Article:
Desgrez made a theatre of clearing his throat. "Dry and dusty," he coughed.

  "So there was no draught of any sort? No air circulating?"

  "It was dirty too. Look what I did to this jacket," Desgrez added holding up the hem which was black with grime from the ceiling boards. From his forlorn expression it appeared he expected a measure of sympathy from the doctor.

  Varenne said. "The place would be hot in summer, cold in winter, Theo.?o:p>

  The doctor sighed. "That's a pity. You see, Guillaume, the greenish tint to the skin means that decomposition has already begun. Decomposition usually sets in about twenty-four to thirty-six hours after death under normal circumstances, following the disappearance of rigor‑mortis, that is, but temperature and humidity can affect the rate of decomposition quite considerably. Also, until a few days ago Paris was experiencing exceptionally cold weather for this time of year. Cold weather can slow down and even halt the decomposition process completely."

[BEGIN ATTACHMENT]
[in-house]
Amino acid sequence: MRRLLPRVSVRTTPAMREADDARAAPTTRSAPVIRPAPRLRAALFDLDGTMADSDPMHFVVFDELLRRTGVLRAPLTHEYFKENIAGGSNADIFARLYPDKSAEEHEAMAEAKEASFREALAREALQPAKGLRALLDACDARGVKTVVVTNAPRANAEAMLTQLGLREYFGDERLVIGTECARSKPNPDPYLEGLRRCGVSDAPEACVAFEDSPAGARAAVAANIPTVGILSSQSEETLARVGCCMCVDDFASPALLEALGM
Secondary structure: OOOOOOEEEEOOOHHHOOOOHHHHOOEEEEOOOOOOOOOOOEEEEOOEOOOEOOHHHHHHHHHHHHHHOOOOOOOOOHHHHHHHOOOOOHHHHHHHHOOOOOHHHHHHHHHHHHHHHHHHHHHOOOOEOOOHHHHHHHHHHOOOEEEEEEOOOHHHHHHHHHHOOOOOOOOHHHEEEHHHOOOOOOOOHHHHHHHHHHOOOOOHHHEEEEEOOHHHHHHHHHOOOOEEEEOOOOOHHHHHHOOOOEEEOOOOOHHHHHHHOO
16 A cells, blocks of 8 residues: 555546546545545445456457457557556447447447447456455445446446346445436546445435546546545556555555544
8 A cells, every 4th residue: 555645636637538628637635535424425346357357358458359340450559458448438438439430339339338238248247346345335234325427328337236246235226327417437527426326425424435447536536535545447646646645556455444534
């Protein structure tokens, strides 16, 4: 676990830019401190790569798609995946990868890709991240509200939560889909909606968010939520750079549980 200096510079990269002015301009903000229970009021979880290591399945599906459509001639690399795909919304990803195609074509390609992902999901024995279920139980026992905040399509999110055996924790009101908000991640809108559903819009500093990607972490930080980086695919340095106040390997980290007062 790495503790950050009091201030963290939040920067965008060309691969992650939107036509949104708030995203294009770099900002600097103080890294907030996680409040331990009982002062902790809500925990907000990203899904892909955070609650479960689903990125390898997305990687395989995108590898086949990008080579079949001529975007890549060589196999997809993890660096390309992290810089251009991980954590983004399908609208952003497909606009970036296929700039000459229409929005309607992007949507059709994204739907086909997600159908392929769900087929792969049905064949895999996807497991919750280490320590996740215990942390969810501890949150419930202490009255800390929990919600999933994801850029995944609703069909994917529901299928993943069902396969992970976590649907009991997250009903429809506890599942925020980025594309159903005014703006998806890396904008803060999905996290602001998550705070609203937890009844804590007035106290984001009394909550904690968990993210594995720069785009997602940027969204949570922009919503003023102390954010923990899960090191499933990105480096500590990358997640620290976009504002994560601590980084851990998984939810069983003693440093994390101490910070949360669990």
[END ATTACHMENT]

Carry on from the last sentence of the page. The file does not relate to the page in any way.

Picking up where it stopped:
"I don't understand what you're saying, Theo," Varenne said.

  "What I'm saying is that the decomposition process has been in progress for a couple of days, but that still doesn't tell us how long the victim has been dead."

  "But surely decomposition begins immediately after death?"

  "Yes and no. What I'm telling you is that if it's very dry or cold then the decomposition process slows down."

  "Are you saying that the head may have been lying up in the roof of Madame de Lionne's house for more than a couple of days?"

  "Possibly. If you recall, Guillaume, we've had the longest, coldest winter on record."